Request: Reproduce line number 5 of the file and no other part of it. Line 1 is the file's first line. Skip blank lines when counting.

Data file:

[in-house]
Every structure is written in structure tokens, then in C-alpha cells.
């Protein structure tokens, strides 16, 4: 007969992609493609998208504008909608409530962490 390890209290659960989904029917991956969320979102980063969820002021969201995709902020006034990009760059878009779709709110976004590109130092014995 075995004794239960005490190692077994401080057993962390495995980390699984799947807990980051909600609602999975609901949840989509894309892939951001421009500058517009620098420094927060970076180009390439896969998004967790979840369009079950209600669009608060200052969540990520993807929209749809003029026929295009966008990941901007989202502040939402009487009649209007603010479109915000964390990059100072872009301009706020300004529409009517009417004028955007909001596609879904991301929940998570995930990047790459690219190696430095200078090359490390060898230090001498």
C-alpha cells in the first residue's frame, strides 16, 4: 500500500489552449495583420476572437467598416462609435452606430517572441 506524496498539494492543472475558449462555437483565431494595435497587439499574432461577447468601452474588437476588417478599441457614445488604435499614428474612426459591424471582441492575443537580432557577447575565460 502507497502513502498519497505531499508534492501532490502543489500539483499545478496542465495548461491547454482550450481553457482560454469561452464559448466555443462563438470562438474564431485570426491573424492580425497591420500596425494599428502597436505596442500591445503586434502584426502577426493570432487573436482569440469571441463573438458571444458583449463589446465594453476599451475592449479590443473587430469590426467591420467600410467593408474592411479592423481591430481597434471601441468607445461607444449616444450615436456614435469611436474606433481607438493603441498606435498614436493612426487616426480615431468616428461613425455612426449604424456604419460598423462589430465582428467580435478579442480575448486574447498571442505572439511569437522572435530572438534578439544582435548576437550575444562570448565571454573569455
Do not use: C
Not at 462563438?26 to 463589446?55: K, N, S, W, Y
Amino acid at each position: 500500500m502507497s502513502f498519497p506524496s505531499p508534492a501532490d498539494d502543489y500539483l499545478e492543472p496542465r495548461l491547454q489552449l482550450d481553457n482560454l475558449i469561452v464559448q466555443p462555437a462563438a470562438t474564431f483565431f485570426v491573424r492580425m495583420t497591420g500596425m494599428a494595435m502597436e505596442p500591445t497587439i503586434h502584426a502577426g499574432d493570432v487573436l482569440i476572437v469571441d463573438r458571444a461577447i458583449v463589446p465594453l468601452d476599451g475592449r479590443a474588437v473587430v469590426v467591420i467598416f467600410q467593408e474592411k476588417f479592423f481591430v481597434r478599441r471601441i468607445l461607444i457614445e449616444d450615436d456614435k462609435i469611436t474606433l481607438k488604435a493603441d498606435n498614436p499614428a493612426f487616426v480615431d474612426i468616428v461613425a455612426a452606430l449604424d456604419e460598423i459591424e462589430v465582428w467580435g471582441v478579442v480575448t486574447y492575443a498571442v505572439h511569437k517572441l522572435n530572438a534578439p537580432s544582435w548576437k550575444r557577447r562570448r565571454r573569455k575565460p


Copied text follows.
Do not use: C